But, what is worse, science has shown that alcohol is a poison that runs in the blood, so that the drinking of the father or mother may curse a child unborn and close the door of hope upon it before its eyes have opened to the light of day.
Business aided us also, as large corporations increasingly discriminated against those who drank.
Patriotism furnished the last impulse; war threw a ghastly light upon the evils of intemperance and upon the sordid greed of those engaged in the liquor business.
The reform will not turn back. Enforcement will become more strict in this country as its benefits are more clearly shown and prohibition will spread until the saloon will be abolished throughout the world. Although now past sixty-one I expect to live to see the day when there will not be an open saloon under the flag of any civilized nation.
We are now able to prevent typhoid fever, the individual being made immune by a treatment administered before he has been exposed to the disease. Total abstinence resembles this preventive; no total abstainer is in danger of alcoholism.
But we also have a preventive for yellow fever, namely, the destroying of the breeding place of the mosquito which carries the germ of the disease. Prohibition resembles this preventive. The saloon was found to be the breeding place of alcoholism and prohibition strikes at the source of the danger. These two, total abstinence and prohibition, will eliminate the drink evil as typhoid and yellow fever have been eliminated.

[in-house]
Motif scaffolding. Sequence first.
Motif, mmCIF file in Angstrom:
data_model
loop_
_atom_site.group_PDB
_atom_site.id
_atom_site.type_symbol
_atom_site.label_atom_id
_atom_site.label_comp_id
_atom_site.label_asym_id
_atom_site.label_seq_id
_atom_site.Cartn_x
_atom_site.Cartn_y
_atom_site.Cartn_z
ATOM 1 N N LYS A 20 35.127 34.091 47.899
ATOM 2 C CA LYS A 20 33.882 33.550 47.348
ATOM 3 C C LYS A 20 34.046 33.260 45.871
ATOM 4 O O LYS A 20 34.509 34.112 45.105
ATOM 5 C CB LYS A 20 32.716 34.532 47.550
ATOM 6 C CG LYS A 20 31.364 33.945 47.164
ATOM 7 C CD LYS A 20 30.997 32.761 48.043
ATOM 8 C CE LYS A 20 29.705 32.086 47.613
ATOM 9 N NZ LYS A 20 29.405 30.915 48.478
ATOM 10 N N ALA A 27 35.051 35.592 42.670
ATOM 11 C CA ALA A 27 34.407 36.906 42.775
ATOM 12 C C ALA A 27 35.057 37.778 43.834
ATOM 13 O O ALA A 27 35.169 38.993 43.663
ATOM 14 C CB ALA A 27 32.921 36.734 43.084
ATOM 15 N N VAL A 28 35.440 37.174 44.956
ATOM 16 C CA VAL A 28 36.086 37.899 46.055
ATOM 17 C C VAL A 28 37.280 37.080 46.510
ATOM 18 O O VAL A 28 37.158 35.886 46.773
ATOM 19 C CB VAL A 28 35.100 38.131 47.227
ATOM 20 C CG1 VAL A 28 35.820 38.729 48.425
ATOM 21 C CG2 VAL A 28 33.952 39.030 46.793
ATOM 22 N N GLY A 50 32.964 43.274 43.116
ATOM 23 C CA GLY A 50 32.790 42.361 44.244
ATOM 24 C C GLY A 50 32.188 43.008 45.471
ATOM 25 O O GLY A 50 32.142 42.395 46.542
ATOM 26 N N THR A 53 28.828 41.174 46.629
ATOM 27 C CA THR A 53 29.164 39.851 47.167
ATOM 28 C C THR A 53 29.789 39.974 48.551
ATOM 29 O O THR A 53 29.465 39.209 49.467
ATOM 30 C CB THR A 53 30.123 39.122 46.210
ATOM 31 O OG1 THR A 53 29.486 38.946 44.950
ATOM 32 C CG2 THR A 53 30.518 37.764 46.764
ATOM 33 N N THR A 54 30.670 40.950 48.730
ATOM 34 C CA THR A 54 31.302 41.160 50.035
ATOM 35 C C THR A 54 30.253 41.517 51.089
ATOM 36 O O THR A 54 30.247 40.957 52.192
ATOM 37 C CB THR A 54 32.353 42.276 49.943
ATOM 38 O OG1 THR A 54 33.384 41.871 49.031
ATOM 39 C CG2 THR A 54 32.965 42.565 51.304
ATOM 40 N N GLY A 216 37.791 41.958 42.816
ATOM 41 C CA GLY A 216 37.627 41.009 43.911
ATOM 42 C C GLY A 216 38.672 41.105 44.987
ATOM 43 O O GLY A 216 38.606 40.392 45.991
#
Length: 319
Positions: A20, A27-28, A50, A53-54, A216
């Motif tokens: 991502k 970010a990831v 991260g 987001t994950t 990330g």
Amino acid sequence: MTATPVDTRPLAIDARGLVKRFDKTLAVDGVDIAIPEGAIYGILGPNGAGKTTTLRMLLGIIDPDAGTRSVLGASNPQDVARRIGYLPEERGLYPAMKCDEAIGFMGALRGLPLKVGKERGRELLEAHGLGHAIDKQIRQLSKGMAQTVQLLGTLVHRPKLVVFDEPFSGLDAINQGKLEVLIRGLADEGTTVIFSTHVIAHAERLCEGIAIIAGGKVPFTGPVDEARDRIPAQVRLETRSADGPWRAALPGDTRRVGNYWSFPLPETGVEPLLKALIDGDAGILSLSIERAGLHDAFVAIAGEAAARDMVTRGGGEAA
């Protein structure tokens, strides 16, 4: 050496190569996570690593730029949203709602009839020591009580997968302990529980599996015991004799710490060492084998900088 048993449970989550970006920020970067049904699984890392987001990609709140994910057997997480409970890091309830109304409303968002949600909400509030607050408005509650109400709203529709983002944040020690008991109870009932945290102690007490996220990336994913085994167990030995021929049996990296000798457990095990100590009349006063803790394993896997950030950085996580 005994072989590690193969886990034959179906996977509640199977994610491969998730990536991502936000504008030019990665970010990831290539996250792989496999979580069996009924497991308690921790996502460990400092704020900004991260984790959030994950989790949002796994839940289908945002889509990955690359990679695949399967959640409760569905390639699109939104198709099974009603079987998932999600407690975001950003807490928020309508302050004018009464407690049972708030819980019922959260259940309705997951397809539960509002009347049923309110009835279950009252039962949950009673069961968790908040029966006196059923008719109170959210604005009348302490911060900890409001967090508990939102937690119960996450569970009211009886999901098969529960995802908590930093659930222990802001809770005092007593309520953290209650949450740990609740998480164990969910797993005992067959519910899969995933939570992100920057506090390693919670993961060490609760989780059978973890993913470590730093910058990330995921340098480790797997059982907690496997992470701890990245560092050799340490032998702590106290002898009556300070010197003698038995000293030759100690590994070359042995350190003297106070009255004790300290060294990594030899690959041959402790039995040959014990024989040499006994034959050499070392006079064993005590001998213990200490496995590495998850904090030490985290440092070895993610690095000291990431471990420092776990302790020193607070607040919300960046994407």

The fourth amendment adopted in recent years extended equal suffrage to women. Like the three to which I have referred, it was a long time coming and came at last by joint action of the two great parties. A majority of both parties in both Senate and House voted for the submission of this amendment and it required both Democratic and Republican states to ratify it. The opposition which the amendment met in the South was not due to lack of confidence in women, for nowhere in the world is woman more highly estimated or more fully trusted. Such local opposition as there was was due to the race question. Now that woman can express herself at the polls, her influence will be felt as much in the South as in other sections; it will throughout the United States seal the doom of the liquor traffic. The women will stand guard at the grave of John Barleycorn and make sure that he will never know a resurrection morn.
Drawing their inspiration from the Bible, even to a greater extent than the men do, the women will hasten the triumph of every righteous cause. They will throw their influence on the side of every moral reform. The adoption of the single standard of morals will be made possible by woman’s advent into politics. Her ballot will make it easier to lift man to her level in the matter of chastity and to distribute more equitably than man has done, the punishments imposed for acts of immorality.